Security Council pushes for use of drones in S Sudan


The UN Security Council has requested Secretary General Ban Ki-moon to allow the peacekeeping mission in South Sudan to use unarmed drones.

It made the call on Friday after adopting a resolution that extends the mandate of the UNMISS for two months.

13 members of the Council voted in favor of the extension in absence of two countries; Russia and Venezuela.

The members say the complete deployment of UN personnel with tactical military helicopters and unarmed unmanned aerial systems will enable its military and police strength.

It says a review of the mandate should be conducted within 45 days.

The Security Council also called on Ki-moon to make available technical assistance for setting up a hybrid court in South Sudan.

It also expressed its intentions to consider targeted sanctions on those who obstruct peace in the country. Eye radio reported

The Ministry of Foreign Affairs welcome the extension of UNMISS mandate, but says the government will not allow use of drone by the peacekeeping force.

“The mandate of the UNMISS should be passed based on the principle of what is in the said agreement which states the protection of the civil population and the capacity building of our people,” said Amb Mawien Makol, Spokesperson.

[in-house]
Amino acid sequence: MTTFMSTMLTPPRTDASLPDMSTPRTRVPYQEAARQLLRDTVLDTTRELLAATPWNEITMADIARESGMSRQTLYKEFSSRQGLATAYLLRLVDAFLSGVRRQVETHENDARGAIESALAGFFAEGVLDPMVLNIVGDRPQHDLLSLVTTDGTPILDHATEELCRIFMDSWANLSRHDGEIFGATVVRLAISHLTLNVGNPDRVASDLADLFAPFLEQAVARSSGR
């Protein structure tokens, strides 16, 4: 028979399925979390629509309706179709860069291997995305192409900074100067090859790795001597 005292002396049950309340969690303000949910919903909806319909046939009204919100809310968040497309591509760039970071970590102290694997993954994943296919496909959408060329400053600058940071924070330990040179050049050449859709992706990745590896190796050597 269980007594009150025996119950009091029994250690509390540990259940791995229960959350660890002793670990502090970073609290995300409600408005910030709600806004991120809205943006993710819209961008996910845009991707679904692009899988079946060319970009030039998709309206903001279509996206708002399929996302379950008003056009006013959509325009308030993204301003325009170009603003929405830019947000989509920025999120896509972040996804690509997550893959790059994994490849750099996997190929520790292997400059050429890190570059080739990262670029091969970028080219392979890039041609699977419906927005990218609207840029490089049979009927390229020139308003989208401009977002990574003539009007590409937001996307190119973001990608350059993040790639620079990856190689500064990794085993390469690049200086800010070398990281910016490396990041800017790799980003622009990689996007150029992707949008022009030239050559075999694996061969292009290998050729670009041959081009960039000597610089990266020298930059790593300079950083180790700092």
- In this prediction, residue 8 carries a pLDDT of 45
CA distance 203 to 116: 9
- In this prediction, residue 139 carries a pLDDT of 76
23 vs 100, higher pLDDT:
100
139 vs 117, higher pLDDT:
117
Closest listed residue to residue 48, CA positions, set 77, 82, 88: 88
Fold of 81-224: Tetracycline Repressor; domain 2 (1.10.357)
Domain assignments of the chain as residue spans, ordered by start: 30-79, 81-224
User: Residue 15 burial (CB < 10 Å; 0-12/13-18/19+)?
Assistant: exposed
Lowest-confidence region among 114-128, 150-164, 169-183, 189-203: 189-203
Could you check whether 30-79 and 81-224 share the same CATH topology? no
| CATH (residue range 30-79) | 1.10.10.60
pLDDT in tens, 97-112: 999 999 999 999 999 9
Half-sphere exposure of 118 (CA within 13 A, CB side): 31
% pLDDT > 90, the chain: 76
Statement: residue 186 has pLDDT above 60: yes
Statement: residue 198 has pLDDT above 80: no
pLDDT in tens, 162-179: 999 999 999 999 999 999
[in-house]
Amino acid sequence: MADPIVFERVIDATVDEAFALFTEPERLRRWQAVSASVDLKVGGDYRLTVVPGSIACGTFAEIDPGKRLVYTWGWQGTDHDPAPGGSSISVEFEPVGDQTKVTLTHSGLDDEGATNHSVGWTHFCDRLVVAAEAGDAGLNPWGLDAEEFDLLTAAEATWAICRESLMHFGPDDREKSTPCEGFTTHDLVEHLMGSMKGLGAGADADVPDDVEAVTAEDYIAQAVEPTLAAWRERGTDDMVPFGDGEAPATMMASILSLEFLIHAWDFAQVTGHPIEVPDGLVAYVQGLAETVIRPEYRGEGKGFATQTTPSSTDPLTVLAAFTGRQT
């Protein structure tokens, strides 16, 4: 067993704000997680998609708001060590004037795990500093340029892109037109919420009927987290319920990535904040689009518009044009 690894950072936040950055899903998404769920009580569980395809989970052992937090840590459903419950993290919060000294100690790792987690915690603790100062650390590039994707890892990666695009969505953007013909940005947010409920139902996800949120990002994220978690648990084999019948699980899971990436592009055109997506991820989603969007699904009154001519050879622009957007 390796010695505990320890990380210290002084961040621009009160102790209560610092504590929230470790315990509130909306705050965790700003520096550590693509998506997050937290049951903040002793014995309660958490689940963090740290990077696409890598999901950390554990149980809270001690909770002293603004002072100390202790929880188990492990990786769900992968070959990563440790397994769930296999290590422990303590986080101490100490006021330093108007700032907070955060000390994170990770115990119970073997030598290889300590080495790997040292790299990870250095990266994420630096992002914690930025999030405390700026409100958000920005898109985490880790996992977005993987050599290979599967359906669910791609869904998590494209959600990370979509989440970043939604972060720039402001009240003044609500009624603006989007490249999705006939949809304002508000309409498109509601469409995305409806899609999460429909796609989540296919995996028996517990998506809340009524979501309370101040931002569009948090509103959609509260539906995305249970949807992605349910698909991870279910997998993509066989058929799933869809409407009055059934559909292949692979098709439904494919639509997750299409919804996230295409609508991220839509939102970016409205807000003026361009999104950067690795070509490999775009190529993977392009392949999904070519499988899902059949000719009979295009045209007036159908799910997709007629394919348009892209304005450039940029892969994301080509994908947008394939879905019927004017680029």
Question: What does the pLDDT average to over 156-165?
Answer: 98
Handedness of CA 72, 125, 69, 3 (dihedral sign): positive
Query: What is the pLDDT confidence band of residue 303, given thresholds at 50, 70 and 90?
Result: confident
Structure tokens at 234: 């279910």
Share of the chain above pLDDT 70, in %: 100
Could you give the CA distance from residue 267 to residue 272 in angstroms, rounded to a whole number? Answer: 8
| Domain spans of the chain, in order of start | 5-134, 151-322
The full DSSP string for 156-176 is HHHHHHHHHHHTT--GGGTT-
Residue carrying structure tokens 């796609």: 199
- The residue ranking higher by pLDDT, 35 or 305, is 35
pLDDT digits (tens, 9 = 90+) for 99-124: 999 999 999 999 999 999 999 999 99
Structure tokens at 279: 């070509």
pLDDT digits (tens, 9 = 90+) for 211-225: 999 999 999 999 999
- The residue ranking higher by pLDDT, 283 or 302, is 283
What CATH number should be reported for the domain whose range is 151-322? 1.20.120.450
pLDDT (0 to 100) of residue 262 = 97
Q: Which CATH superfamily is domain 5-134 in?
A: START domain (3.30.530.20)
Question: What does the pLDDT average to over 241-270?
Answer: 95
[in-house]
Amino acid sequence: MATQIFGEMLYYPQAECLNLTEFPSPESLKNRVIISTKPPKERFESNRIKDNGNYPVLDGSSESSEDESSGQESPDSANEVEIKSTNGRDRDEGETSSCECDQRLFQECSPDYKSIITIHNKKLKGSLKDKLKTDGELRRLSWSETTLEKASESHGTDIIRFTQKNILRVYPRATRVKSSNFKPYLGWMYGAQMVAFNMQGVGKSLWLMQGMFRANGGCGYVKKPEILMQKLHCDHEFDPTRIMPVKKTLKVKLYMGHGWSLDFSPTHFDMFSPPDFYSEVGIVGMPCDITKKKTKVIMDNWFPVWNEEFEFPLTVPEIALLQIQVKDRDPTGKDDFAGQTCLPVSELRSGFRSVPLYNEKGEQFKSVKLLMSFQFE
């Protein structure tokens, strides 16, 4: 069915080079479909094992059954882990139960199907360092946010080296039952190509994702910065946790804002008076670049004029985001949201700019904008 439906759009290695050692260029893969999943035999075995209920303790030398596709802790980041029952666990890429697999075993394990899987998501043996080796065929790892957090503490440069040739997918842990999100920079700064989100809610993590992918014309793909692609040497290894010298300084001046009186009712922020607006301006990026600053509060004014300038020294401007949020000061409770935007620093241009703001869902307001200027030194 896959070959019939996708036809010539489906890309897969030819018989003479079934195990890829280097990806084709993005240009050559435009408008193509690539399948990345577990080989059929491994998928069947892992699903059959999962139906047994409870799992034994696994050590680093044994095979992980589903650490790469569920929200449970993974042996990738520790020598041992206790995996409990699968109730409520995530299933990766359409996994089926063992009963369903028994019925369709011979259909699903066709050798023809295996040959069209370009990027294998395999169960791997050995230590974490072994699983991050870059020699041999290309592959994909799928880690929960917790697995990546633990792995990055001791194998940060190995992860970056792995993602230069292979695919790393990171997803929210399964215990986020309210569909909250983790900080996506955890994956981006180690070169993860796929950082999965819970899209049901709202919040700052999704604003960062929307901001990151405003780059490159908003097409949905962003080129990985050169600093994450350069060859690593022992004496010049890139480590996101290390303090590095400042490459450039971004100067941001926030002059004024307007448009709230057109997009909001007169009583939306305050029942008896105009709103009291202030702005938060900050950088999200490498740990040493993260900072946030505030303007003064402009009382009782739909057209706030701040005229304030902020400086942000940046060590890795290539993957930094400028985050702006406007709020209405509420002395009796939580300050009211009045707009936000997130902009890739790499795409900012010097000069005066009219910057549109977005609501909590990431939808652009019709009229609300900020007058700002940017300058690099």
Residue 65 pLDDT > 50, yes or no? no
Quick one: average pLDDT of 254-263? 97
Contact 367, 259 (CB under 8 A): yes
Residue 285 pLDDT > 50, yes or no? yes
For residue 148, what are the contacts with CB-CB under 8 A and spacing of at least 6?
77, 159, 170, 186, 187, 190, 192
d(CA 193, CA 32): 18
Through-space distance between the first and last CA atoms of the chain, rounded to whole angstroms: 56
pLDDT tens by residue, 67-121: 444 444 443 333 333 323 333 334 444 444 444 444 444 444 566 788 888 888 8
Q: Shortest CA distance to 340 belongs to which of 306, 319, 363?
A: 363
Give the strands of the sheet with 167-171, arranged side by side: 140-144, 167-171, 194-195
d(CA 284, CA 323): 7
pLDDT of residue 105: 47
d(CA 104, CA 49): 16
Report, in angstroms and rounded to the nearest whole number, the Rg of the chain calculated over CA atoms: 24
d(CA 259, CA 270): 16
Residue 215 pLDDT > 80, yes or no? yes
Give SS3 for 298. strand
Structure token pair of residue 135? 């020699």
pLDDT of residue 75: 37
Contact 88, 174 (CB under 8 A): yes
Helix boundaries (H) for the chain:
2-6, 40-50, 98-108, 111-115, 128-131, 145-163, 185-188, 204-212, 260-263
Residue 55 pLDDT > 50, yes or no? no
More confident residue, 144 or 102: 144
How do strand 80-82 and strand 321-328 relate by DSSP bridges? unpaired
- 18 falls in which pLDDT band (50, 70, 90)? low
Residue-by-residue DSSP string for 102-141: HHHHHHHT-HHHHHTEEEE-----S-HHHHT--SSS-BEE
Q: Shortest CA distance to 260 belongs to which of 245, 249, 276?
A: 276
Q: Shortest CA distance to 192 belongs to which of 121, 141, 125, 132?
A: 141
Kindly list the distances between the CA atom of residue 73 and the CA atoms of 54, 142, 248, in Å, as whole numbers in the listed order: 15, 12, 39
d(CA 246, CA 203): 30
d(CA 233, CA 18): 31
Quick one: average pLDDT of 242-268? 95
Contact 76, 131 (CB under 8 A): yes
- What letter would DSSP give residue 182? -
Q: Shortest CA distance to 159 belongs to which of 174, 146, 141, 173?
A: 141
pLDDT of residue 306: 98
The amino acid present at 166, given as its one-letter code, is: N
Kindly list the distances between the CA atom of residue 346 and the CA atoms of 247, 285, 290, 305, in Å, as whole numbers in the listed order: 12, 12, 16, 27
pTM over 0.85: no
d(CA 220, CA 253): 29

“So any other unilateral declaration or anything of course will not be accepted here.”

The UN Security Council demanded that the government to comply with the Status of Forces Agreement with UNMISS.

On Friday, the UN complained that its peacekeeping patrol unit was manhandled by SPLA soldiers on the outskirt of Juba, an allegation the government could not deny or confirm.

The Council also called on all parties not to hinder access of relief personnel and delivery of humanitarian assistance.

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